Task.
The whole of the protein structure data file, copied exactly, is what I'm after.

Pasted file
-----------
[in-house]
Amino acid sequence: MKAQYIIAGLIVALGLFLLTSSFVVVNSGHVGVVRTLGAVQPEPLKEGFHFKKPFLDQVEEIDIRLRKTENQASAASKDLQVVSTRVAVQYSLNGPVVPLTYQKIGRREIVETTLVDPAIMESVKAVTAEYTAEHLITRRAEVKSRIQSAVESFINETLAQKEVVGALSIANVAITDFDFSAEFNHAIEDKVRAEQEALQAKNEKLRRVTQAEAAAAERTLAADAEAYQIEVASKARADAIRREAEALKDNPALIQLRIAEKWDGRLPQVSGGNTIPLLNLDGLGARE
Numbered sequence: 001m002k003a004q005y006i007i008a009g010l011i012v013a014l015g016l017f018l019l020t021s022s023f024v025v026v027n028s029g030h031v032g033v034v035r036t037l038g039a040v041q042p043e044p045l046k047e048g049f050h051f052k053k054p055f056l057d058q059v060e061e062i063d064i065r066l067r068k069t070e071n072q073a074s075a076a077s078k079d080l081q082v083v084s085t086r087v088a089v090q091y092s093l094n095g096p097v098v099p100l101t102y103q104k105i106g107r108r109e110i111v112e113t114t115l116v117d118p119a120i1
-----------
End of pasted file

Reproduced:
[in-house]
Amino acid sequence: MKAQYIIAGLIVALGLFLLTSSFVVVNSGHVGVVRTLGAVQPEPLKEGFHFKKPFLDQVEEIDIRLRKTENQASAASKDLQVVSTRVAVQYSLNGPVVPLTYQKIGRREIVETTLVDPAIMESVKAVTAEYTAEHLITRRAEVKSRIQSAVESFINETLAQKEVVGALSIANVAITDFDFSAEFNHAIEDKVRAEQEALQAKNEKLRRVTQAEAAAAERTLAADAEAYQIEVASKARADAIRREAEALKDNPALIQLRIAEKWDGRLPQVSGGNTIPLLNLDGLGARE
Numbered sequence: 001m002k003a004q005y006i007i008a009g010l011i012v013a014l015g016l017f018l019l020t021s022s023f024v025v026v027n028s029g030h031v032g033v034v035r036t037l038g039a040v041q042p043e044p045l046k047e048g049f050h051f052k053k054p055f056l057d058q059v060e061e062i063d064i065r066l067r068k069t070e071n072q073a074s075a076a077s078k079d080l081q082v083v084s085t086r087v088a089v090q091y092s093l094n095g096p097v098v099p100l101t102y103q104k105i106g107r108r109e110i111v112e113t114t115l116v117d118p119a120i1